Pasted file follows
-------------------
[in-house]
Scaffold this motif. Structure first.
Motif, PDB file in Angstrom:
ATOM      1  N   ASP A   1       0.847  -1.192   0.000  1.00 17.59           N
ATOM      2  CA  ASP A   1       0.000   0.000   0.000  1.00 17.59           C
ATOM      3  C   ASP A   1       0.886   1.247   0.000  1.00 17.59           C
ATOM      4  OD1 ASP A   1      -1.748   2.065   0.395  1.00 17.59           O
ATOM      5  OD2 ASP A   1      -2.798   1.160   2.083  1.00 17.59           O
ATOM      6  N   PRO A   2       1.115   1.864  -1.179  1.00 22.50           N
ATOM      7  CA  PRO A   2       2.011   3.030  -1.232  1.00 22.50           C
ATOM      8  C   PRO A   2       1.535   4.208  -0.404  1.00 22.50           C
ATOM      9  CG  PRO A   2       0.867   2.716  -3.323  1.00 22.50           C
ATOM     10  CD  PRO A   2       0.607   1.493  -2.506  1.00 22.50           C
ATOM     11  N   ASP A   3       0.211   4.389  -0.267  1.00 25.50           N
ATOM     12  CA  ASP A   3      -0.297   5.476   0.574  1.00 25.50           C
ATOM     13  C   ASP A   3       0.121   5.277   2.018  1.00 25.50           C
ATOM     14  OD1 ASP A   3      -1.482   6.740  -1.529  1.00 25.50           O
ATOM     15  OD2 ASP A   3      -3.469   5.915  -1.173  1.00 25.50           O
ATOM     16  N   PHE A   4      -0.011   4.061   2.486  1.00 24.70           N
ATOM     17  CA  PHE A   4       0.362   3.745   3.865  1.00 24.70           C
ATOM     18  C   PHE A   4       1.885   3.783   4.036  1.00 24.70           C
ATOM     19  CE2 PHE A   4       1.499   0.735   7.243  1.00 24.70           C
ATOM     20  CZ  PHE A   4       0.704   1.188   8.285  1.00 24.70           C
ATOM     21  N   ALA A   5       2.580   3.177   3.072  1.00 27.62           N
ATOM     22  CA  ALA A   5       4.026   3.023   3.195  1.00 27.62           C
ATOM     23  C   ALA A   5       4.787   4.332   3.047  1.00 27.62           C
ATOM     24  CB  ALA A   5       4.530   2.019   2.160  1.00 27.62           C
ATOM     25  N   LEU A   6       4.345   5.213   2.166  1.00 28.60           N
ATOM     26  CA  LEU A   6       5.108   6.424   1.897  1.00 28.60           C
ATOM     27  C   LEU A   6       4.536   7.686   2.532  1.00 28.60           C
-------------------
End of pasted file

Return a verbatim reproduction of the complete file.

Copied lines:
[in-house]
Scaffold this motif. Structure first.
Motif, PDB file in Angstrom:
ATOM      1  N   ASP A   1       0.847  -1.192   0.000  1.00 17.59           N
ATOM      2  CA  ASP A   1       0.000   0.000   0.000  1.00 17.59           C
ATOM      3  C   ASP A   1       0.886   1.247   0.000  1.00 17.59           C
ATOM      4  OD1 ASP A   1      -1.748   2.065   0.395  1.00 17.59           O
ATOM      5  OD2 ASP A   1      -2.798   1.160   2.083  1.00 17.59           O
ATOM      6  N   PRO A   2       1.115   1.864  -1.179  1.00 22.50           N
ATOM      7  CA  PRO A   2       2.011   3.030  -1.232  1.00 22.50           C
ATOM      8  C   PRO A   2       1.535   4.208  -0.404  1.00 22.50           C
ATOM      9  CG  PRO A   2       0.867   2.716  -3.323  1.00 22.50           C
ATOM     10  CD  PRO A   2       0.607   1.493  -2.506  1.00 22.50           C
ATOM     11  N   ASP A   3       0.211   4.389  -0.267  1.00 25.50           N
ATOM     12  CA  ASP A   3      -0.297   5.476   0.574  1.00 25.50           C
ATOM     13  C   ASP A   3       0.121   5.277   2.018  1.00 25.50           C
ATOM     14  OD1 ASP A   3      -1.482   6.740  -1.529  1.00 25.50           O
ATOM     15  OD2 ASP A   3      -3.469   5.915  -1.173  1.00 25.50           O
ATOM     16  N   PHE A   4      -0.011   4.061   2.486  1.00 24.70           N
ATOM     17  CA  PHE A   4       0.362   3.745   3.865  1.00 24.70           C
ATOM     18  C   PHE A   4       1.885   3.783   4.036  1.00 24.70           C
ATOM     19  CE2 PHE A   4       1.499   0.735   7.243  1.00 24.70           C
ATOM     20  CZ  PHE A   4       0.704   1.188   8.285  1.00 24.70           C
ATOM     21  N   ALA A   5       2.580   3.177   3.072  1.00 27.62           N
ATOM     22  CA  ALA A   5       4.026   3.023   3.195  1.00 27.62           C
ATOM     23  C   ALA A   5       4.787   4.332   3.047  1.00 27.62           C
ATOM     24  CB  ALA A   5       4.530   2.019   2.160  1.00 27.62           C
ATOM     25  N   LEU A   6       4.345   5.213   2.166  1.00 28.60           N
ATOM     26  CA  LEU A   6       5.108   6.424   1.897  1.00 28.60           C
ATOM     27  C   LEU A   6       4.536   7.686   2.532  1.00 28.60           C